New Internationalist

The Facts

Issue 151

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The Facts

How the food is shared
There is more than enough food to feed everyone in the world - but it is not shared equally. The New Internationalist looks at how the portions of the global meal are divided, from cultivation to consumption.


What we grow

Rich countries’ share of world grain production is much larger than their share of world population.

[image, unknown]

Source: FAO Food Production Yearbook 1983


What we give

Food grain is given by the West not when it is most needed but rather when the price of grain on the world market is low. Thus the graphs below showing shipments of food and the movement of world wheat prices are mirror images of each other. Notice that food aid was its lowest around 1973, when there was a major famine in the Sahel region of Africa but wheat prices had reached a peak.

[image, unknown]

Source: FAO Council June 1985


What we eat

The gulf between the well-fed and the hungry is vast: witness Chad’s people eating only 68% of what they need compared to Ireland’s 162%. But remember that these are average figures - just as there are people on the breadline in Ireland, there are those who have enough to eat in Chad. So the extremes of undernourishment and overconsumption are even more marked than these tables suggest.

Lowest calorie intake per day, 1983

Country

Calorie intake
(per head per day)
% of requirement
1.
Ghana
1,573
68
2.
Chad
1 ,620
68
3.
Mali
1,731
74
4.
Kampuchea
1,792
81
5.
Uganda
1 ,807
78
6.
Mozambique
1,844
79
7.
Burkina Faso
1,879
79
8.
Haiti
1,903
84
9.
Bangladesh
1,922
83
10.
Guinea
1,987
86
11.
Laos
1,992
90
12.
Vietnam
2,01 7
93
13.
Nepal
2,018
86
14.
Angola
2,041
87
15.
India
2,047
93
16.
Sierra Leone
2,049
85
17.
Zambia
2,054
89
18.
Kenya
2,056
88
19.
El Salvador
2,060
90
20.
Ecuador
2,072
91
30.
Ethiopia
2,1 62
93
39.
Sudan
2,250
96
60.
China
2,562
109

Highest calorie intake per day, 1983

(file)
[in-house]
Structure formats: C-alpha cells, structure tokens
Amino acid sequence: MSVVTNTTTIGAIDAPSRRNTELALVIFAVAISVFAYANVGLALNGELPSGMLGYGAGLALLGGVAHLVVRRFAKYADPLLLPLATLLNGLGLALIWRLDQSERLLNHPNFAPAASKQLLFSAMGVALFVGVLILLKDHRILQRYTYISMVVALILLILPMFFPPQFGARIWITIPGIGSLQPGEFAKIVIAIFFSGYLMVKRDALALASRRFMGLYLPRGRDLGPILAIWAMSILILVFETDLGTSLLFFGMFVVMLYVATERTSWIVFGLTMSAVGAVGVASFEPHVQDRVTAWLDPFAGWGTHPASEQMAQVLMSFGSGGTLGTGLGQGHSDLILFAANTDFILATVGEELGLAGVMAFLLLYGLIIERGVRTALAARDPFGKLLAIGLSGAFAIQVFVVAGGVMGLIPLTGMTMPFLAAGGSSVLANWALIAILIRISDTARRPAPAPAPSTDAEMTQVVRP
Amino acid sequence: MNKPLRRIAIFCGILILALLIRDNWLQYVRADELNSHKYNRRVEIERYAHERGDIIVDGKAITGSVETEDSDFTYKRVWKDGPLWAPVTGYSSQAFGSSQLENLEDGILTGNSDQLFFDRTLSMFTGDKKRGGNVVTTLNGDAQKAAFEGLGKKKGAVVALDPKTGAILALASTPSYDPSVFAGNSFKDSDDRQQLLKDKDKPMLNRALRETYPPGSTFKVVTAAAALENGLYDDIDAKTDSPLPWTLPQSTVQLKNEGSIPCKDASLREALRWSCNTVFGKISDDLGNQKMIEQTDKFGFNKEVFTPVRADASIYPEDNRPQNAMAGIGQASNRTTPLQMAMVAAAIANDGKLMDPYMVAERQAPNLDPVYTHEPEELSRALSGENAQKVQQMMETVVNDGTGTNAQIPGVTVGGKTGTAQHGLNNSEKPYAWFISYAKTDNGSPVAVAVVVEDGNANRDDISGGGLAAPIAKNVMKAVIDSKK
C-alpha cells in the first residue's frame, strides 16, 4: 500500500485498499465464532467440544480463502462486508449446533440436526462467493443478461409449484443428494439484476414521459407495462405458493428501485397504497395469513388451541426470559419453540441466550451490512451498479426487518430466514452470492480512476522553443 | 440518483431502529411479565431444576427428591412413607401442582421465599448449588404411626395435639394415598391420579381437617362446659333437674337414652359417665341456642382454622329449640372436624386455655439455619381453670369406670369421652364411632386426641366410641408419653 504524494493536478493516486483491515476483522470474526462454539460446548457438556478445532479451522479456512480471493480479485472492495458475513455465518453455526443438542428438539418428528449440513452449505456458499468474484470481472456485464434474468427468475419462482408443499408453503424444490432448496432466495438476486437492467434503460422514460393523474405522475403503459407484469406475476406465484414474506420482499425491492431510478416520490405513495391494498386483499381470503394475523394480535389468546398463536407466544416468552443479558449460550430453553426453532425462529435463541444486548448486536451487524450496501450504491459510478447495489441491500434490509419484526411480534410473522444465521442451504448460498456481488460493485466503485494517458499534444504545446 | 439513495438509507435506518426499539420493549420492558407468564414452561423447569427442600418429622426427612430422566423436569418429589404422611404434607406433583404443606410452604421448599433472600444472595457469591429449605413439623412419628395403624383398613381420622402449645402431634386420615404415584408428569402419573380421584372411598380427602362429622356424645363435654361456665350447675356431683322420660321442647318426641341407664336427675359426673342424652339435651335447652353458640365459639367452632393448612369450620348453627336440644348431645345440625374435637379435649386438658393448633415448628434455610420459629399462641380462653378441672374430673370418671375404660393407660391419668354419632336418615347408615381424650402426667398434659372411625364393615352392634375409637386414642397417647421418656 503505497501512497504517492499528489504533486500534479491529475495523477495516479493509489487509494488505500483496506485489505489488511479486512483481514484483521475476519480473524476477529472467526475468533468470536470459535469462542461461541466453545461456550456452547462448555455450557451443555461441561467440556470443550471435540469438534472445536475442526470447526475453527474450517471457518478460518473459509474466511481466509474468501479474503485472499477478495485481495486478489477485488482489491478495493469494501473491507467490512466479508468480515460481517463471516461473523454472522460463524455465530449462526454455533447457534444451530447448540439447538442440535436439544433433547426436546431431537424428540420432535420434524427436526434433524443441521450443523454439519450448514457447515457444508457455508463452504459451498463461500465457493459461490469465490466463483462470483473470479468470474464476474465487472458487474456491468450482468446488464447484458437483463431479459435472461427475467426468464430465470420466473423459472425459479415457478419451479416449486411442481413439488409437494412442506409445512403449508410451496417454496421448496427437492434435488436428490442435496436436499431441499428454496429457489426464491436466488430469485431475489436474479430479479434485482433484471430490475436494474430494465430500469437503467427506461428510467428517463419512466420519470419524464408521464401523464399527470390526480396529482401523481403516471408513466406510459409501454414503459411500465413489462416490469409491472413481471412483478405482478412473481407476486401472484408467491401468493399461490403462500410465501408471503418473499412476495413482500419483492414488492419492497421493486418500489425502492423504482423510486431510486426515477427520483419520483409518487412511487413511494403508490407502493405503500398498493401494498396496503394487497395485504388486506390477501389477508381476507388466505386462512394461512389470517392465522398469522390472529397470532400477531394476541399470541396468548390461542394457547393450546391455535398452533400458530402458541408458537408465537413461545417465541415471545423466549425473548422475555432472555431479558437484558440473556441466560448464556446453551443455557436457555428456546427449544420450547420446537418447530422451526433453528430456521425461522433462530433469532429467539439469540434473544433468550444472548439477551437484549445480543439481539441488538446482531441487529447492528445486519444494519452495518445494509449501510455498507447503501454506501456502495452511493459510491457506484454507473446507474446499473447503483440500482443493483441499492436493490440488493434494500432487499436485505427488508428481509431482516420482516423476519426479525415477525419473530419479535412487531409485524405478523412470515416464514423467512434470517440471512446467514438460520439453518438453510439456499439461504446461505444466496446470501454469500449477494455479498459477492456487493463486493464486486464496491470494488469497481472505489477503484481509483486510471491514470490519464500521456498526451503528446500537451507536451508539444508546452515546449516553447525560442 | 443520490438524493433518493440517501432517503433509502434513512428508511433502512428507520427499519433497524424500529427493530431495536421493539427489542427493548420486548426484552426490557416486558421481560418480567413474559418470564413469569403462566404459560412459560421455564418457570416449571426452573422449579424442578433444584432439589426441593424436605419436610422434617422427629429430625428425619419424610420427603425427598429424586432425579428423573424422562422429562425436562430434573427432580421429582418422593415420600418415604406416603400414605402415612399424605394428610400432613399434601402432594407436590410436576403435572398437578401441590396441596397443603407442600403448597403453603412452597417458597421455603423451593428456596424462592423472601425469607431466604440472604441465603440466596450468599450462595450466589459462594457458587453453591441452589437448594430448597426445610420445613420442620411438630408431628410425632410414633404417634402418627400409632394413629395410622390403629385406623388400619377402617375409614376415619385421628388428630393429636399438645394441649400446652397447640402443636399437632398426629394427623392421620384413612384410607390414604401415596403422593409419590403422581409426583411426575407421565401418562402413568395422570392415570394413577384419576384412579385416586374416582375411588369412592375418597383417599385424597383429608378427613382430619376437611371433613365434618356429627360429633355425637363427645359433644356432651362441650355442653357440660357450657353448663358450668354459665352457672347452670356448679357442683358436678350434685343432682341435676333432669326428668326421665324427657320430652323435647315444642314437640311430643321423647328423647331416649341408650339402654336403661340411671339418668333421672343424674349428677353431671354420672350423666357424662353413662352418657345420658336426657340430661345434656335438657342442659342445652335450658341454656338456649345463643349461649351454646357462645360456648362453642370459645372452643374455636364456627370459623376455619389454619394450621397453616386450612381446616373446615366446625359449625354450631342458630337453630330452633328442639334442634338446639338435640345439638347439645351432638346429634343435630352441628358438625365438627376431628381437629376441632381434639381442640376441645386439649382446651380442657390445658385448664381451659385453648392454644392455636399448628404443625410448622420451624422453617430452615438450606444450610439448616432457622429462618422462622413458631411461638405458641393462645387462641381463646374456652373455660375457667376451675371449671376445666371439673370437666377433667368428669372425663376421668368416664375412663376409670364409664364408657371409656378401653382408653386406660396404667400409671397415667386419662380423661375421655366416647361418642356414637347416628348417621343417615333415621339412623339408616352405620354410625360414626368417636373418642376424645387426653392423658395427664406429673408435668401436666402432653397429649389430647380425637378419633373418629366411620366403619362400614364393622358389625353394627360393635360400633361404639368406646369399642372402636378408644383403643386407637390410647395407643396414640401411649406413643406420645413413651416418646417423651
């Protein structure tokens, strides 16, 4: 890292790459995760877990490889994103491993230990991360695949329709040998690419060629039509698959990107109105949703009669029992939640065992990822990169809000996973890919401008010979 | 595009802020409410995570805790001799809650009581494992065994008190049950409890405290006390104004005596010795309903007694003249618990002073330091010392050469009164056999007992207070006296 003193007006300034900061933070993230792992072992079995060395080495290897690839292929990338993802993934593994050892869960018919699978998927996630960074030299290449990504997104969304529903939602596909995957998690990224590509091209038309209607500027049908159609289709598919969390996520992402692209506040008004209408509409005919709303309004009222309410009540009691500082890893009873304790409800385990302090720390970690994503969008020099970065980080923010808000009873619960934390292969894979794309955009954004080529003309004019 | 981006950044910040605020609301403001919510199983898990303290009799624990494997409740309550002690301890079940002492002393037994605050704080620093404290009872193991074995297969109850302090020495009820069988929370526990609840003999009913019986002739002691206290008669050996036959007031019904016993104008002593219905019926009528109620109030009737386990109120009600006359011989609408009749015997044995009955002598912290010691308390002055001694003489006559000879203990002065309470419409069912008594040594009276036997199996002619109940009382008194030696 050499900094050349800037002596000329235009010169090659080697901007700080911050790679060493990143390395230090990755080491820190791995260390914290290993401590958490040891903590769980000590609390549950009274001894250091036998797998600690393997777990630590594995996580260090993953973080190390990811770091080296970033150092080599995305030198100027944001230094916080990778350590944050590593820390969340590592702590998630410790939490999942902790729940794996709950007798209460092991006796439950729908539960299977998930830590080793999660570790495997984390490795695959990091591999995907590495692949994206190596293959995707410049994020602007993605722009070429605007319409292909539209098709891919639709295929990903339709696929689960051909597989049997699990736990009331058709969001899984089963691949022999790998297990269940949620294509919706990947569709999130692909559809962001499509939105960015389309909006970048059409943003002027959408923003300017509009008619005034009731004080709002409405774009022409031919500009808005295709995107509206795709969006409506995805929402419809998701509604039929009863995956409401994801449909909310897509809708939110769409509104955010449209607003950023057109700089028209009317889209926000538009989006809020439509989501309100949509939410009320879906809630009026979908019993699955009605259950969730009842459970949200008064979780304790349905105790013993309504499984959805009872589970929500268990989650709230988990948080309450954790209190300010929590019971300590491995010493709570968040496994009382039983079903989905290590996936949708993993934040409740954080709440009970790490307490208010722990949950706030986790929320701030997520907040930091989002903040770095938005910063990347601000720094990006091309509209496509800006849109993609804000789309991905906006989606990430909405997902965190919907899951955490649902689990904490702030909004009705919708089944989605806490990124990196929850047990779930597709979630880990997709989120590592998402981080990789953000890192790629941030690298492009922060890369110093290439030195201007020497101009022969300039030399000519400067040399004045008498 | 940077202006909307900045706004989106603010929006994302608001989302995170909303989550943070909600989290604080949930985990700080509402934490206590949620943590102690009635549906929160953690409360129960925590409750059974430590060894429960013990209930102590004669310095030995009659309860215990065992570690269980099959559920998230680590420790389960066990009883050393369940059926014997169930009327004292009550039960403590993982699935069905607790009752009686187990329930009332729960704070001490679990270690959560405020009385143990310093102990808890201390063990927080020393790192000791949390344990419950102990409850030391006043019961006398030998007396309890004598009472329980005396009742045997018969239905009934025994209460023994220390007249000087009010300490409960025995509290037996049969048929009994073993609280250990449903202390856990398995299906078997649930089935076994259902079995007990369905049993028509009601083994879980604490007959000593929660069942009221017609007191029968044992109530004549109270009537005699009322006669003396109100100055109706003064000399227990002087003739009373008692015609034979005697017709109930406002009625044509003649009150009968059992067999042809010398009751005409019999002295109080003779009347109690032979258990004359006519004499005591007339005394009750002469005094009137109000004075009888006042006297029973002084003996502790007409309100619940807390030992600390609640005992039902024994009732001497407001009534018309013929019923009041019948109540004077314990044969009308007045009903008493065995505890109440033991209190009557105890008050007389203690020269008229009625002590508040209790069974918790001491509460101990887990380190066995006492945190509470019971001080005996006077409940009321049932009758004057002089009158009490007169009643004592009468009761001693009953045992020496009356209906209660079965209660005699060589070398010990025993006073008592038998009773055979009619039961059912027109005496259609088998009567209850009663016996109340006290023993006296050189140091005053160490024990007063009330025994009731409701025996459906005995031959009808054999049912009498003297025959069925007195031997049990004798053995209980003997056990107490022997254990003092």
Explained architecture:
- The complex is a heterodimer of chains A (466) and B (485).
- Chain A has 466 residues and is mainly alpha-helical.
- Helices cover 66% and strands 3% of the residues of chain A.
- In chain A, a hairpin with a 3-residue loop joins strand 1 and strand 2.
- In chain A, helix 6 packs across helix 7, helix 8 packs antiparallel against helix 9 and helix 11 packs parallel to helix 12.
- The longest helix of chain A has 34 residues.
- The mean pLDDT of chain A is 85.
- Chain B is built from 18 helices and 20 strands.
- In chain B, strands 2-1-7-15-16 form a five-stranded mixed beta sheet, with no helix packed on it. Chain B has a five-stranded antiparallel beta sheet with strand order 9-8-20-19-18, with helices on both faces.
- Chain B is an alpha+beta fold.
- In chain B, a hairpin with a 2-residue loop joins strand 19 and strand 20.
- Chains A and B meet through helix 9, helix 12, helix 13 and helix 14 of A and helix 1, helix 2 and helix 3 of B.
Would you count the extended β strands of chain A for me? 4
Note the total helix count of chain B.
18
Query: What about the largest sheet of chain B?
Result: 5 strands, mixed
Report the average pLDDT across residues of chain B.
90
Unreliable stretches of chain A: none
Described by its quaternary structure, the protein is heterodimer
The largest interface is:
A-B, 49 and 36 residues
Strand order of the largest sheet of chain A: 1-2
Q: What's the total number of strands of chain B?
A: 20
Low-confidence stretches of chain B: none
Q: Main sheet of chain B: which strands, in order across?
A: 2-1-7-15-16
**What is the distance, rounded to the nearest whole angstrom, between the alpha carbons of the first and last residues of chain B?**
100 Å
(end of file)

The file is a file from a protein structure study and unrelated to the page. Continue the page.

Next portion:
Country

Calorie intake
(per head per day)
% of requirement
1.
Ireland
4,054
162
2.
Denmark
4,023
150
3.
East Germany
3,787
145
4.
Belgium
3,743
142
5.
Bulgaria
3,711
148
6.
Yugoslavia
3,642
143
7.
USA
3,616
137
8.
Czechoslovakia
3,613
146
9.
UA Emirates
3,591
n.a.
10.
Libya
3,581
152
11.
France
3,572
142
12.
Holland
3,563
133
13.
Greece
3,554
142
14.
New Zealand
3,549
134
15.
Austria
3,524
134
16.
Italy
3,520
140
17.
Hungary
3,520
134
18.
Switzerland
3,451
128
19.
Canada
3,428
129
20.
Kuwait
3,423
n.a.
27.
UK
3,232
128
30.
Australia
3,189
120
41.
Cuba
2,997
130

*The estimate of a person’s calorie requirement per day varies from country to country according to the FAO/WHO assessment of the age make-up of the population. Children need fewer calories (they need more per body weight than adults but are much lighter). Since there are proportionately many more children in developing countries, this leads to a wide difference in the national average requirement The lowest of these in 1983 was Benin with 2,133 and the highest Switzerland with 2,696.

Source: World Bank, World Development Report 1985


Africa's crisis


[image, unknown] Vast areas of Africa’s cultivable land are unused.

Crops could be grown on 26% of Africa’s land surface but only 6% is currently under cultivation.


But some land in Africa is not fertile enough to feed the number of people now living on it.

[image, unknown]

Source: FAO World Food Report 1985; FAO Food Production Yearbook 1983


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